Bradley Wiggins was voted the British Broadcasting Corp. Sports Personality of 2012, capping a year in which he became Britain’s first Tour de France champion and also won cycling gold at the London Olympics.
Wiggins, 32, topped the public telephone poll last night ahead of track and field athlete Jessica Ennis and U.S. Open tennis champion Andy Murray, also Olympic gold medalists.
“What a year,” Wiggins, who joins Tom Simpson, Chris Hoy and Mark Cavendish as cyclists to win the BBC accolade, said at a televised ceremony in London. “To stand on this stage with the people next to me is incredible. I’d like to thank my teammates, I wouldn’t be on this stage without them.”
Wiggins won cycling’s biggest race as the lead rider on Team Sky and clinched the gold medal in the Olympic time trial 10 days later. He’s suggested he may go for the Tour de France title again in July, having previously said he’d ride as support for teammate Chris Froome.
The BBC award, which started in 1954, is one of the most prestigious accolades in U.K. sport. Previous winners include soccer player David Beckham, cricketer Andrew Flintoff, Olympic gold-medal runner Kelly Holmes and boxer Lennox Lewis.
This year featured a shortlist of 12 contenders after Wiggins’s Tour victory, a record medal haul for host Britain at the Olympics and Paralympics, and Murray’s Olympic gold and U.S. Open victory, which made him Britain’s first male Grand Slam singles champion since 1936.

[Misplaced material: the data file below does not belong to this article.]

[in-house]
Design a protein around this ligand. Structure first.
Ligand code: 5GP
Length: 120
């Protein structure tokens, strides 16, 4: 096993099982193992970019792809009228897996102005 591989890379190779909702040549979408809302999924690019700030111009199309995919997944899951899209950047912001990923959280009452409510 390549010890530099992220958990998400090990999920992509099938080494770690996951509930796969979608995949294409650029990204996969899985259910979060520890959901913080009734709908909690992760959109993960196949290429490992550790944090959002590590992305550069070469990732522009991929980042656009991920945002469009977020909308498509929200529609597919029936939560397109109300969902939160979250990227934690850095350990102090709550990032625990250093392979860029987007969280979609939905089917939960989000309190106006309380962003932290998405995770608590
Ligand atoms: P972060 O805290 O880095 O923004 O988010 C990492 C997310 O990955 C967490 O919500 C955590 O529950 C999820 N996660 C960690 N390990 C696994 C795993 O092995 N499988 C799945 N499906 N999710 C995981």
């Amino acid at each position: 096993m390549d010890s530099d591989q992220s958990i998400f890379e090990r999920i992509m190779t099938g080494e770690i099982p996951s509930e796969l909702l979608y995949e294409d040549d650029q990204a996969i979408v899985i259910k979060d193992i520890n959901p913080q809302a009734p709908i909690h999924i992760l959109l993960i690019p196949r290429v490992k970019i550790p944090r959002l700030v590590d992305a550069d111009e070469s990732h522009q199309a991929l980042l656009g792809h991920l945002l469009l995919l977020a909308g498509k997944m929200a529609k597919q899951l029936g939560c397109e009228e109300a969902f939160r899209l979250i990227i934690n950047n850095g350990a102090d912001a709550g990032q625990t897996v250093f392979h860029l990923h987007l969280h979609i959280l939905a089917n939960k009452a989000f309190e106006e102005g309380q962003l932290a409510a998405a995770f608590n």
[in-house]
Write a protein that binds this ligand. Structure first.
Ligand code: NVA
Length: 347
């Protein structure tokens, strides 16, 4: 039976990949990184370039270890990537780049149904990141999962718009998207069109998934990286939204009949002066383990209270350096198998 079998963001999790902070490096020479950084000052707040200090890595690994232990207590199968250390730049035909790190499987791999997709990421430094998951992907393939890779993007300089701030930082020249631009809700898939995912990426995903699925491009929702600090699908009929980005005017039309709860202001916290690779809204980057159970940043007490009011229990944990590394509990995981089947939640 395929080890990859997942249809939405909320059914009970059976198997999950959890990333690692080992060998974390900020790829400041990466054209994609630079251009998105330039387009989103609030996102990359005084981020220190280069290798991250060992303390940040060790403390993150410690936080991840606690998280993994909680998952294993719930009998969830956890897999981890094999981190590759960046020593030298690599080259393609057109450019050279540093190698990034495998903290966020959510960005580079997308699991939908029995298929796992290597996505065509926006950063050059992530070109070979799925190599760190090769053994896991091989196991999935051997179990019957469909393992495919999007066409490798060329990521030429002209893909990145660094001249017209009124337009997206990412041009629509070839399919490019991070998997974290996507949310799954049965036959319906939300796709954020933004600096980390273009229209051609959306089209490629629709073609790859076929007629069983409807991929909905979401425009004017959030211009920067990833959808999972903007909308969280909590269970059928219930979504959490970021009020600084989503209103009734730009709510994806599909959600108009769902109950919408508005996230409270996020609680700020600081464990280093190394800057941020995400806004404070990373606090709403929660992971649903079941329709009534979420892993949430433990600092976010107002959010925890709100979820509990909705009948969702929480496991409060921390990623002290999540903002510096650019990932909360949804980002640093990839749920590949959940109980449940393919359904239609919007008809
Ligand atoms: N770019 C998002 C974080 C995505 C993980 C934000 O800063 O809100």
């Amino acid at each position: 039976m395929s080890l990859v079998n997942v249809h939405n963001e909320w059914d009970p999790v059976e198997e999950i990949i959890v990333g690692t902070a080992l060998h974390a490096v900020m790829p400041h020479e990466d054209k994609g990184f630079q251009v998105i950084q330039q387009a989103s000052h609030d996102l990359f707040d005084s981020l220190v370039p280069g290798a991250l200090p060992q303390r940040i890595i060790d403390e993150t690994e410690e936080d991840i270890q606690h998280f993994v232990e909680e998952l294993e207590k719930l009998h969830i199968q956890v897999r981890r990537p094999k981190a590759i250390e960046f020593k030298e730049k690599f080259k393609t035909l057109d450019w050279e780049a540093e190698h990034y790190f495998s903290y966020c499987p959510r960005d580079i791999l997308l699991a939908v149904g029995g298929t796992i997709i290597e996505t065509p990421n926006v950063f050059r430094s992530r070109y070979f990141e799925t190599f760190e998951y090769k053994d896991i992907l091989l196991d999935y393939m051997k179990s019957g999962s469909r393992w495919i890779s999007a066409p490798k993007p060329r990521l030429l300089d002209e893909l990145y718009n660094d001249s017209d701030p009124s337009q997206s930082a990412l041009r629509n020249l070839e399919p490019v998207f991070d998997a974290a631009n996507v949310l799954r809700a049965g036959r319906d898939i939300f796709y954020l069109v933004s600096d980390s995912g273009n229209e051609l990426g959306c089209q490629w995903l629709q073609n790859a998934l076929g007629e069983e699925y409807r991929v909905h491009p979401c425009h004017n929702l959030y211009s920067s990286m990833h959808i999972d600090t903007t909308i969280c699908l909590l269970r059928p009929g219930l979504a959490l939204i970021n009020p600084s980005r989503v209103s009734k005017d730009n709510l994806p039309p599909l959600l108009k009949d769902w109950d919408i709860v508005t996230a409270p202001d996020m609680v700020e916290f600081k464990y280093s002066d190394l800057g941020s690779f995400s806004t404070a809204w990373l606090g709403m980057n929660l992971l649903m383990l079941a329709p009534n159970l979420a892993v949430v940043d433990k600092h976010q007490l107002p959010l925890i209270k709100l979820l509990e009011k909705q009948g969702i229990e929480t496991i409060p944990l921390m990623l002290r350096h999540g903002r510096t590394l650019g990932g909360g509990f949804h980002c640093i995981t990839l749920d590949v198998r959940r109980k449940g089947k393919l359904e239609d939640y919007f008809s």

In addition, golfer Rory McIlroy won his second major at the U.S. PGA Championship, topped the U.S. and European money lists and helped Europe win the Ryder Cup.
McIlroy, Hoy, Nicola Adams (boxing), Ben Ainslie (sailing), Mo Farah (runner), Katherine Grainger (rowing), Ellie Simmonds (paralympic swimming), Sarah Storey (paralympic cycling) and David Weir (paralympic wheelchair racer) were the other finalists.
Sebastian Coe, head of the organizing committee for the London Olympics, was given a lifetime achievement award. Coe, the 1,500 meters champion at the 1980 and 1984 games, was BBC Sports Personality of the Year in 1979.
AWARDS ====== Sports Personality of Year: Bradley Wiggins (cycling) Lifetime Achievement: Sebastian Coe (Olympic organizer) Team award: Team GB and Paralympic GB Coach of the Year: Dave Brailsford (cycling) Overseas Personality of the Year: Usain Bolt (track & field) Young Personality: Josef Craig (Paralympic swimming) Helen Rollason Award: Martine Wright (Paralympic volleyball) Unsung Hero: Jim and Sue Houghton (sport in the community)